That’s Interesting 10.10.2019

From Autism-Assisting Packaging to 3d-Printed Trees, here are some things that made us say ‘That’s Interesting’ in the studio this week.

Party planning

Most of us have either planned or been to a dinner party that was a bit of a let-down. Even if the food is great, sometimes it lacks a little atmosphere.  For a guaranteed unforgettable occasion, Social Studies will help you dress to impress – your dinner table that is. Simply pick your party look, guest numbers and add any additional flair for truly stand-out party style.

Party hard here

Snap, crackle and love.

Rice Krispies are a staple in many British households. They’re a childhood favourite, not just due to their sweet taste but also the satisfyingly crunching sounds that have captured the imaginations of children for years. This time round however, Rice Krispies  Treats have gone the extra mile to make kids feel truly loved. Introducing touch and feel sensory stickers for children on the Autism Spectrum, and braille packaging for children with visual impairments, this new branding is going above and beyond to show that their products are made for every child out there.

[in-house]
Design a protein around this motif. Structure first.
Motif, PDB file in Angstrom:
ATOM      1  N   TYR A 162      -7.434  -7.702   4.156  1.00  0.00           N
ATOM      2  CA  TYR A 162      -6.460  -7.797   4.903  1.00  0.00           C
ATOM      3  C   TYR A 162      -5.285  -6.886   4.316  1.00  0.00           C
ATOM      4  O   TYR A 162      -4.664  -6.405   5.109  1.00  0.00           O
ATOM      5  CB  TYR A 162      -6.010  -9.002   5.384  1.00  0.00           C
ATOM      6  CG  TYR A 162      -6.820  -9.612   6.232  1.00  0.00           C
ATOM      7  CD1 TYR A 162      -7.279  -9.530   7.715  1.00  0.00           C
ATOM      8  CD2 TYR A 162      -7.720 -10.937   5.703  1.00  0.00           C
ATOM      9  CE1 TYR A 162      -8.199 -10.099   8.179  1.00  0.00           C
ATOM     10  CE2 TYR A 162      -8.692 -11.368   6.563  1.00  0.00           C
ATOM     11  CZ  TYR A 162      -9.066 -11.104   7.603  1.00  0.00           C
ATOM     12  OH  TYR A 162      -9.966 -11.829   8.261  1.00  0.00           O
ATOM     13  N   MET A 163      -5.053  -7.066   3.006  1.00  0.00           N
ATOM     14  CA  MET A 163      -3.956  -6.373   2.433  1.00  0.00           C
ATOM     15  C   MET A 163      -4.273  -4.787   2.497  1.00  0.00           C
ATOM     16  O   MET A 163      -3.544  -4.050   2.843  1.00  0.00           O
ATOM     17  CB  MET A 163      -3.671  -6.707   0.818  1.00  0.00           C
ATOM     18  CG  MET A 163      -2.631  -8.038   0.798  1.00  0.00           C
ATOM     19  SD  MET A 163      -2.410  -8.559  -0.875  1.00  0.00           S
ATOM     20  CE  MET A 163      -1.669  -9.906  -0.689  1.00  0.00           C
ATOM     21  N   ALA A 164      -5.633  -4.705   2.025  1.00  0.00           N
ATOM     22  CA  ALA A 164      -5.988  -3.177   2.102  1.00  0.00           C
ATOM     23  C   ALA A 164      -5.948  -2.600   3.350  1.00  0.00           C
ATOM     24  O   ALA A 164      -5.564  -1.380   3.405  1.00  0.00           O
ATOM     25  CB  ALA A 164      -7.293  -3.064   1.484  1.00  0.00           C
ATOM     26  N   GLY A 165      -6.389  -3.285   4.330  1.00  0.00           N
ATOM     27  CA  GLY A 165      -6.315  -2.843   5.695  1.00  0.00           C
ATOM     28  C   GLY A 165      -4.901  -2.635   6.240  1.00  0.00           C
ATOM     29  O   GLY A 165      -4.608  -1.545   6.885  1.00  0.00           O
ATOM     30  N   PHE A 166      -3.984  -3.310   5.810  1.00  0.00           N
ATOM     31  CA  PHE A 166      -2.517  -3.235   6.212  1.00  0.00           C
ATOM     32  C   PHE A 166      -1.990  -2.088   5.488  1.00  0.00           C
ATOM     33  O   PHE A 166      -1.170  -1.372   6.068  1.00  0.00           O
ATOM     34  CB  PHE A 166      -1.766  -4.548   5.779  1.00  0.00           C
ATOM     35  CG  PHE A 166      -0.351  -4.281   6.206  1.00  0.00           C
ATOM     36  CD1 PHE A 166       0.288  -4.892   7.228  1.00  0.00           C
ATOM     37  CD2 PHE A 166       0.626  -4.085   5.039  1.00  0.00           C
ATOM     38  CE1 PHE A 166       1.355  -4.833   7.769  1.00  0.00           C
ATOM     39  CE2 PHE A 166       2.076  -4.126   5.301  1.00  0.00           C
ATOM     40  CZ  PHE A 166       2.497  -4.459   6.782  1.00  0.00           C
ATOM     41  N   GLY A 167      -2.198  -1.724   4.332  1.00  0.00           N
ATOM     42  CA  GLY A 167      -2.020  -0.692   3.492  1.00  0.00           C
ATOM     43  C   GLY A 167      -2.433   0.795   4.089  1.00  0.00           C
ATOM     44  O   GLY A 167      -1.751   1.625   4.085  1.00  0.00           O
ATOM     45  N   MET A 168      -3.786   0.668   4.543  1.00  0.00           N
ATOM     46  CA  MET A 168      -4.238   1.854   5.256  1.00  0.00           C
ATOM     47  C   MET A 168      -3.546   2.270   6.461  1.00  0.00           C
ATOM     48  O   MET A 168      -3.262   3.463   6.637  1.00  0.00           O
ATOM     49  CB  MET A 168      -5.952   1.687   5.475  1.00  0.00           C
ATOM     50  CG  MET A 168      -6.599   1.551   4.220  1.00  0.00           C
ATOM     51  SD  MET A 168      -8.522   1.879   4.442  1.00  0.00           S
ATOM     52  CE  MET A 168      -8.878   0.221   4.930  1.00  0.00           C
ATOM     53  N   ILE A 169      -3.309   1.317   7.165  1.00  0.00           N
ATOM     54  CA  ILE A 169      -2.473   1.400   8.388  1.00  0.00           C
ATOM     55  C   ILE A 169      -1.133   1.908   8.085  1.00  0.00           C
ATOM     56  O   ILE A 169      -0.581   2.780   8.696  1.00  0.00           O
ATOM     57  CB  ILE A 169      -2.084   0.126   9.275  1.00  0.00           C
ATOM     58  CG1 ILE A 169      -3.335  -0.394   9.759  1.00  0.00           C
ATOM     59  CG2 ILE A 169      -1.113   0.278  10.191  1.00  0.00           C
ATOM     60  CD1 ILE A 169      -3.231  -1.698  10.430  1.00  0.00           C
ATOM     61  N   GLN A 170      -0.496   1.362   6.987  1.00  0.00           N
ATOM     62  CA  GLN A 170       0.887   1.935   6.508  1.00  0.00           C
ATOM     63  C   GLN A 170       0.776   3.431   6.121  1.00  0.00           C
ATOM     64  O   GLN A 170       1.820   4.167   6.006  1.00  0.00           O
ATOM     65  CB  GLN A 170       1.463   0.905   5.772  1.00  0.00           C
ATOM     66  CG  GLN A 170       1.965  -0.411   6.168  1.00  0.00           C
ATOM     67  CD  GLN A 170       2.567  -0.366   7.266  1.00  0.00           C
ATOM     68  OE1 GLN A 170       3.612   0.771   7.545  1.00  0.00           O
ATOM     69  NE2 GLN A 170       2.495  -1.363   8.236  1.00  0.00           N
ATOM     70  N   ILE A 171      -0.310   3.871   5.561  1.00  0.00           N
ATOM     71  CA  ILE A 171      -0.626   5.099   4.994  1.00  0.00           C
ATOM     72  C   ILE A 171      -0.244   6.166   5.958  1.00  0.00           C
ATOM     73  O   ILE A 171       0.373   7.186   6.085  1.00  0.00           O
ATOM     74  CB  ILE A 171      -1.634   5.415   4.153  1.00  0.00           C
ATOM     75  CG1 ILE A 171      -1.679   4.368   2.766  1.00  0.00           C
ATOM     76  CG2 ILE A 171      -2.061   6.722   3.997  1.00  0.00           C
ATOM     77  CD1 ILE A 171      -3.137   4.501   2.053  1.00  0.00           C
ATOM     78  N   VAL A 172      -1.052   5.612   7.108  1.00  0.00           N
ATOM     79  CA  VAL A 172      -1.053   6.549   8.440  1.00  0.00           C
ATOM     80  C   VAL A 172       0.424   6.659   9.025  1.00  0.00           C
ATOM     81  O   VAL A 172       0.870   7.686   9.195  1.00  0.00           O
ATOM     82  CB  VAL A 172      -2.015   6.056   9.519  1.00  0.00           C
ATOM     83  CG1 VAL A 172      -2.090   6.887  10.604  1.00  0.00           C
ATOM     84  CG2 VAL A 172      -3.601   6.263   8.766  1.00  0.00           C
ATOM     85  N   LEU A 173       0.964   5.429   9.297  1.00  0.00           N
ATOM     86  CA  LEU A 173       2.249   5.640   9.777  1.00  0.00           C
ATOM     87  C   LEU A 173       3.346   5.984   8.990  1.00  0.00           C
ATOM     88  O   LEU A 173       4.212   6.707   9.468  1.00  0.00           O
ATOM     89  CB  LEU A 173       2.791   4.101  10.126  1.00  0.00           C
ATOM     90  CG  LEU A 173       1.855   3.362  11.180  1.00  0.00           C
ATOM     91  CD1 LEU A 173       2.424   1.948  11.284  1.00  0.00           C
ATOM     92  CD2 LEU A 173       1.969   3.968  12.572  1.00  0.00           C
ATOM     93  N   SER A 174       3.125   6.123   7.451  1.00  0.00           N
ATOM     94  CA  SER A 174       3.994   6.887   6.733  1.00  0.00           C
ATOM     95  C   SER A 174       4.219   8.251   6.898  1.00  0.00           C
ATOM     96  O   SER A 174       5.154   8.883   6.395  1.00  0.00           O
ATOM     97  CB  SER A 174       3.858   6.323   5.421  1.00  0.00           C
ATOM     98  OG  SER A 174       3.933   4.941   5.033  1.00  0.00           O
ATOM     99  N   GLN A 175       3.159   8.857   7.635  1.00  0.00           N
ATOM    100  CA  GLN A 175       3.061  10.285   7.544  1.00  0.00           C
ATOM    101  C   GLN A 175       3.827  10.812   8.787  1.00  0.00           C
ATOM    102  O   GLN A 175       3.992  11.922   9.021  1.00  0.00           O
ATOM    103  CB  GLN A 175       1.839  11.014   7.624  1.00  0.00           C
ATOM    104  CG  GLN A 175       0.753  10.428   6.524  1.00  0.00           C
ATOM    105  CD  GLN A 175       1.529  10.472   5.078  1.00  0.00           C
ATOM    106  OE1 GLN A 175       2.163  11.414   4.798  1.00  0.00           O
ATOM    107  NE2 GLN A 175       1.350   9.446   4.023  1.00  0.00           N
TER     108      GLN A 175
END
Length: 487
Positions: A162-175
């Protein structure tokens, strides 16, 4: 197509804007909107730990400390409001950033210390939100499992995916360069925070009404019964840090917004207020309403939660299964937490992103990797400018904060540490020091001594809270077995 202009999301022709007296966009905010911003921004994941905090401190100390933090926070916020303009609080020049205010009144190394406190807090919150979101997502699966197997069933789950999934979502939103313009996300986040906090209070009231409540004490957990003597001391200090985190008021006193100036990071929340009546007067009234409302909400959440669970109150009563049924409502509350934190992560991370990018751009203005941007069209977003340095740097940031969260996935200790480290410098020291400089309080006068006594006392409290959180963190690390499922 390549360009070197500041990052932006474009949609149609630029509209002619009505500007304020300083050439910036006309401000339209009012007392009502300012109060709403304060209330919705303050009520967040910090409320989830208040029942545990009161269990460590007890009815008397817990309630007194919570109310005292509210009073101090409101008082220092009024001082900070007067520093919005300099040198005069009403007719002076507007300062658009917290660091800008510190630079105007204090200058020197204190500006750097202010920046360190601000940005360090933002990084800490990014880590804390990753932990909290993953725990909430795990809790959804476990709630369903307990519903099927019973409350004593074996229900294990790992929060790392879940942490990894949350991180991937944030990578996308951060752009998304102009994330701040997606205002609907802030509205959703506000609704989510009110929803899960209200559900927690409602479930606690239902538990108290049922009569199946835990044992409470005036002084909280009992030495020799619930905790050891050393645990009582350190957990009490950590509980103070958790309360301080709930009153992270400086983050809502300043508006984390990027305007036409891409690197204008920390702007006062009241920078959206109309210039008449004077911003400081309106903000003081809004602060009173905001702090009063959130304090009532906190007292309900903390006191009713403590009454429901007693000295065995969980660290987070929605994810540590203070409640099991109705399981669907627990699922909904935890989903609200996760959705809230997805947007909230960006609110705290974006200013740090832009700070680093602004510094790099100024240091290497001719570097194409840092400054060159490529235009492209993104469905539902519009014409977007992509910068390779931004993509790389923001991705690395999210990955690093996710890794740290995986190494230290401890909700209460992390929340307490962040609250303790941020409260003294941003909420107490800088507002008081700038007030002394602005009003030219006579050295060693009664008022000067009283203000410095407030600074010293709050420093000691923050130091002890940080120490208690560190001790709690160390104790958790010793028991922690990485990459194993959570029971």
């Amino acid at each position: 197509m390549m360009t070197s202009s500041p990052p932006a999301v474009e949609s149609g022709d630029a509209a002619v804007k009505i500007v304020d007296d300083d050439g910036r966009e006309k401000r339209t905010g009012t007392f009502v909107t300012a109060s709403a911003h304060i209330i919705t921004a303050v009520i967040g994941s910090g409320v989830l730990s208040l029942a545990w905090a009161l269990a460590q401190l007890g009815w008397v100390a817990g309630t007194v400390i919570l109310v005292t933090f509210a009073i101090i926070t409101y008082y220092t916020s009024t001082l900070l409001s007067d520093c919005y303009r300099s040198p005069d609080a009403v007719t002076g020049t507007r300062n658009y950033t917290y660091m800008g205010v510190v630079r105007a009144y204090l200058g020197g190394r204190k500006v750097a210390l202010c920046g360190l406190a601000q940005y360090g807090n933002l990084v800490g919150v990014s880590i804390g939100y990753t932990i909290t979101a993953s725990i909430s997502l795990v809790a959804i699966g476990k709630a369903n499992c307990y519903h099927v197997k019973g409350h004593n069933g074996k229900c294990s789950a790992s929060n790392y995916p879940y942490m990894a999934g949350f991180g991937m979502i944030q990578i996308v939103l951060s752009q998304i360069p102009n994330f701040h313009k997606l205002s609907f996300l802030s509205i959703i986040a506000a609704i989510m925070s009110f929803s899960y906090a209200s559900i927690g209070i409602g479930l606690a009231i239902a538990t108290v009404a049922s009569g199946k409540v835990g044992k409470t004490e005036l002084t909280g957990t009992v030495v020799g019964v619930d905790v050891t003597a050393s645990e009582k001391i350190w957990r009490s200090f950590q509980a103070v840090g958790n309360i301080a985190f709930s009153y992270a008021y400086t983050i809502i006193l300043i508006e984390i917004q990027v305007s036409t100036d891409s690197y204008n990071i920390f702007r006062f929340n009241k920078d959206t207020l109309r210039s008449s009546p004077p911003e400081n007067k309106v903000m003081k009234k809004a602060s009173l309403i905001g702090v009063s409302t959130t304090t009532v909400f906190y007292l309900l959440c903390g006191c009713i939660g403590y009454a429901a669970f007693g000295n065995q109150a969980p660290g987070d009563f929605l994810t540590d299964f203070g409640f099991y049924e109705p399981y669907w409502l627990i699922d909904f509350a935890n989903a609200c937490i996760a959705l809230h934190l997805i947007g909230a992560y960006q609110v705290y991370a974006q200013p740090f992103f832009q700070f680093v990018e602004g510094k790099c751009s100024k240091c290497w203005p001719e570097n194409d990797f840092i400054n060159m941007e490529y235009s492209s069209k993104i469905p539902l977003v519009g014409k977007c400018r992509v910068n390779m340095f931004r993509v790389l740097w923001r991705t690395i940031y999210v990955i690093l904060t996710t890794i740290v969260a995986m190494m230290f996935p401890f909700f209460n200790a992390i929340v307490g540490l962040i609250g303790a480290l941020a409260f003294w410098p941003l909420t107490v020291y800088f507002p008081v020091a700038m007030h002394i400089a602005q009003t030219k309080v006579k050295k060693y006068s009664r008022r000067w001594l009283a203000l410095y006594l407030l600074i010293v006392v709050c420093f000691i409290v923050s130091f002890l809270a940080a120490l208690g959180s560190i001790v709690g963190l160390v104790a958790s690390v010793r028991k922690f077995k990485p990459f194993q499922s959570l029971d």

Touch and feel it here

Pure Luxury

Aesop is known for its luxurious, sleek products – now its store is set to outshine them all. Featuring geometric floor tiles, marble features and flesh-tone hues throughout, this high-end retail space has a truly bespoke feel. The choice of contrasting materials such as silks, woods and metal give the design a truly intentional edge, while keeping to the brands chic and particular style.

Get chic here

3D trees, please

Bonsai trees could be considered the ‘Mona Lisa’ of the tree world. Small, yet artistically unbeatable, these iconic, crafted plants are rare and beautiful. However, this luxury may soon have a more mainstream alternative. Nendo have created an incredible 3D printed version of the Bonsai, that you can shape, bend and cut into your own style. They are printed in pure white, giving them an ultra-modern minimalist feel that fits in well with the easily recognisable style of this beautiful Japanese tree.

Print it here

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